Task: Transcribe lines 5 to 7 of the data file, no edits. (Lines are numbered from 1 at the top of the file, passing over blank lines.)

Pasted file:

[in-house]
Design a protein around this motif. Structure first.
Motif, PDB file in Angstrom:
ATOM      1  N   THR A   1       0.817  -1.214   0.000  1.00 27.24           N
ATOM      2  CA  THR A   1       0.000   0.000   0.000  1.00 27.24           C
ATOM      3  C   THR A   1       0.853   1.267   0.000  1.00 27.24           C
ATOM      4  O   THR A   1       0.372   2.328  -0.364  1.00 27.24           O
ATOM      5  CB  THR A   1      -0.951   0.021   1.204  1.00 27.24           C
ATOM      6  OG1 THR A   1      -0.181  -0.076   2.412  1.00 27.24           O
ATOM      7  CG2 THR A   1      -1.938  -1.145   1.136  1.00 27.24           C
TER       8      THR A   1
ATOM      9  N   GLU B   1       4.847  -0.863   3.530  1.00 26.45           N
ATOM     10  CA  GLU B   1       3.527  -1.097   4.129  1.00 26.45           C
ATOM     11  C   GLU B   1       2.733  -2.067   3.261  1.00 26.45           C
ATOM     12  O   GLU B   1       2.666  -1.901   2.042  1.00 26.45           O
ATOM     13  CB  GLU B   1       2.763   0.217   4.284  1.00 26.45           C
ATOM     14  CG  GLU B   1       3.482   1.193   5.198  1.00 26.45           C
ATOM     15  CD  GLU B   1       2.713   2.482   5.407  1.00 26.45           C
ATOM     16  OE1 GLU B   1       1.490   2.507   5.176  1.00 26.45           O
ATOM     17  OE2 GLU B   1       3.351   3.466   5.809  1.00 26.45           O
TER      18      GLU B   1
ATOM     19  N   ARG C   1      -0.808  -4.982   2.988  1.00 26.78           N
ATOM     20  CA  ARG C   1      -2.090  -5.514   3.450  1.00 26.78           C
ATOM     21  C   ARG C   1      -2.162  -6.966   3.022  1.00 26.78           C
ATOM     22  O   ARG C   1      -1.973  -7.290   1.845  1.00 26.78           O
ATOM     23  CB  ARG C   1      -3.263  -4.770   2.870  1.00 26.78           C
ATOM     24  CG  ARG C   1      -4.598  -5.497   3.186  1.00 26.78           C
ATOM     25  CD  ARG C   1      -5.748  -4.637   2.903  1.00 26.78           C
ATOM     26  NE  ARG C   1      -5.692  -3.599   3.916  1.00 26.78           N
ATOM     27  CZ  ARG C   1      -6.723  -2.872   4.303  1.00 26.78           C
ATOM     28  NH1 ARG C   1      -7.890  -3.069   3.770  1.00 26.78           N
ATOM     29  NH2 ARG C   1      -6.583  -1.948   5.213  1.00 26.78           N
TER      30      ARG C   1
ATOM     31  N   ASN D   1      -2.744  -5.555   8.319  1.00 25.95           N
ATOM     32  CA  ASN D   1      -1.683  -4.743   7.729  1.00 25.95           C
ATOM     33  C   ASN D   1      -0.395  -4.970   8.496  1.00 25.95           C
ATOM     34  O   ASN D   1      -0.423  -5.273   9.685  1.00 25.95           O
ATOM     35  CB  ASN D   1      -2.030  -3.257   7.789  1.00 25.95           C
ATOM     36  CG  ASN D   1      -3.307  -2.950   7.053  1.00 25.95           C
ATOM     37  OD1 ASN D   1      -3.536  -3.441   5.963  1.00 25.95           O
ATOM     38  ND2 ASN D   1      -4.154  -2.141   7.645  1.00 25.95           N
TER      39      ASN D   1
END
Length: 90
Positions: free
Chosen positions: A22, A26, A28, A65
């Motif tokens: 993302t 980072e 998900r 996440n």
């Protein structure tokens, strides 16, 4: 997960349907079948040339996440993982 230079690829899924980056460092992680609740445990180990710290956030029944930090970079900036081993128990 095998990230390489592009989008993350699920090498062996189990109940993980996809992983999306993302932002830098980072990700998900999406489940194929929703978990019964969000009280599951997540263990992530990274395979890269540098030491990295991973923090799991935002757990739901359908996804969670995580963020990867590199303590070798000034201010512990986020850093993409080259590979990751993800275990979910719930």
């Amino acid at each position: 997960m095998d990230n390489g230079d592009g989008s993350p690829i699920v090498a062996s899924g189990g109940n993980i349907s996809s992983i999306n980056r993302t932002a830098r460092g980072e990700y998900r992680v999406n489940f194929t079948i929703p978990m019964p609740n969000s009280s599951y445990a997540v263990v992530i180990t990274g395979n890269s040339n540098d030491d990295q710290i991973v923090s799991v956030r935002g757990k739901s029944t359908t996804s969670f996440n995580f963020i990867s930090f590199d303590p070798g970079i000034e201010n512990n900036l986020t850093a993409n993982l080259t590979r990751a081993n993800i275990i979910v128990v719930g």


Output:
ATOM      2  CA  THR A   1       0.000   0.000   0.000  1.00 27.24           C
ATOM      3  C   THR A   1       0.853   1.267   0.000  1.00 27.24           C
ATOM      4  O   THR A   1       0.372   2.328  -0.364  1.00 27.24           O